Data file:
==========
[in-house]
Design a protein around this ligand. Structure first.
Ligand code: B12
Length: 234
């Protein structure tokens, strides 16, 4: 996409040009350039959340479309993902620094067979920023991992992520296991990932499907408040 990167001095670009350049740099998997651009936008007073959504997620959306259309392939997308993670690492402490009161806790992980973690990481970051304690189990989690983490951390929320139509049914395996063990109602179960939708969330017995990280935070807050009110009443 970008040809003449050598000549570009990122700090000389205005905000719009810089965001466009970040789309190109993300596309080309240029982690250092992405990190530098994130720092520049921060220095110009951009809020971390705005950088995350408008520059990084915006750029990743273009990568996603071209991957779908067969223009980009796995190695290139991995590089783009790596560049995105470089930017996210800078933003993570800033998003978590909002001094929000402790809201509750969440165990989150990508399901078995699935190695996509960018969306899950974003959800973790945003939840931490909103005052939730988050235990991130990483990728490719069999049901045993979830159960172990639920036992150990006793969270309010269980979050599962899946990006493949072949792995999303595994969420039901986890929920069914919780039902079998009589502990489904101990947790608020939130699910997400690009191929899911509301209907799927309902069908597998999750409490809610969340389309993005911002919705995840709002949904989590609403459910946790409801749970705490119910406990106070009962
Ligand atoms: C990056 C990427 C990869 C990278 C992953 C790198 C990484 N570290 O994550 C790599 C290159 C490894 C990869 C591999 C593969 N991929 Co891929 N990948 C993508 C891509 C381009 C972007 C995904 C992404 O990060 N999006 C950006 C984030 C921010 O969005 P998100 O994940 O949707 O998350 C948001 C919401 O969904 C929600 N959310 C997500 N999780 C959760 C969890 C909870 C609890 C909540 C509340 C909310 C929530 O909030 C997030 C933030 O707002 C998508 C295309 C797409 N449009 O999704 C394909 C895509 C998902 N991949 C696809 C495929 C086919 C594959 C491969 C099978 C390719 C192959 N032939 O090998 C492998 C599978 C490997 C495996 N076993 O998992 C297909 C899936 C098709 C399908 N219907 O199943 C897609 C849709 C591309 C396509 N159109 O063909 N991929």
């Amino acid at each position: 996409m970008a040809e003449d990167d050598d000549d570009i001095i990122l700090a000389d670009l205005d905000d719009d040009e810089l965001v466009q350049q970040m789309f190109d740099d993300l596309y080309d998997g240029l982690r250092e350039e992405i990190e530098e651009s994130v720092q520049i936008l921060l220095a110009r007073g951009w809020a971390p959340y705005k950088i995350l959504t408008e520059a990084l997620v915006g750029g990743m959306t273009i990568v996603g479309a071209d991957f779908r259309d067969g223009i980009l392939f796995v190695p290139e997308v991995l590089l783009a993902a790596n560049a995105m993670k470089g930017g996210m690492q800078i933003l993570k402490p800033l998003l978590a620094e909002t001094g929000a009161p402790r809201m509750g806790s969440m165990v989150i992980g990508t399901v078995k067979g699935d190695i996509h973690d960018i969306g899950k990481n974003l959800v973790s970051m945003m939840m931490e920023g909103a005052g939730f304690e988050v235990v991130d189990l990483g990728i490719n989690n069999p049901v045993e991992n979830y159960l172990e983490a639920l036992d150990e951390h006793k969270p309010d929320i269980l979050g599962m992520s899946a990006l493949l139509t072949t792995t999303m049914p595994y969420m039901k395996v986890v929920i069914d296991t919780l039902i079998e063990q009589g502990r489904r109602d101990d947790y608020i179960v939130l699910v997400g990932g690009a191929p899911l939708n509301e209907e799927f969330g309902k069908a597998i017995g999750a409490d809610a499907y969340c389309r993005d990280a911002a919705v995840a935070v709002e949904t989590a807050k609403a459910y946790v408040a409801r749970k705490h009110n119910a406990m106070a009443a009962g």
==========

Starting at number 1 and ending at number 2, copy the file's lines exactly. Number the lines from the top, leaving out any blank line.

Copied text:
[in-house]
Design a protein around this ligand. Structure first.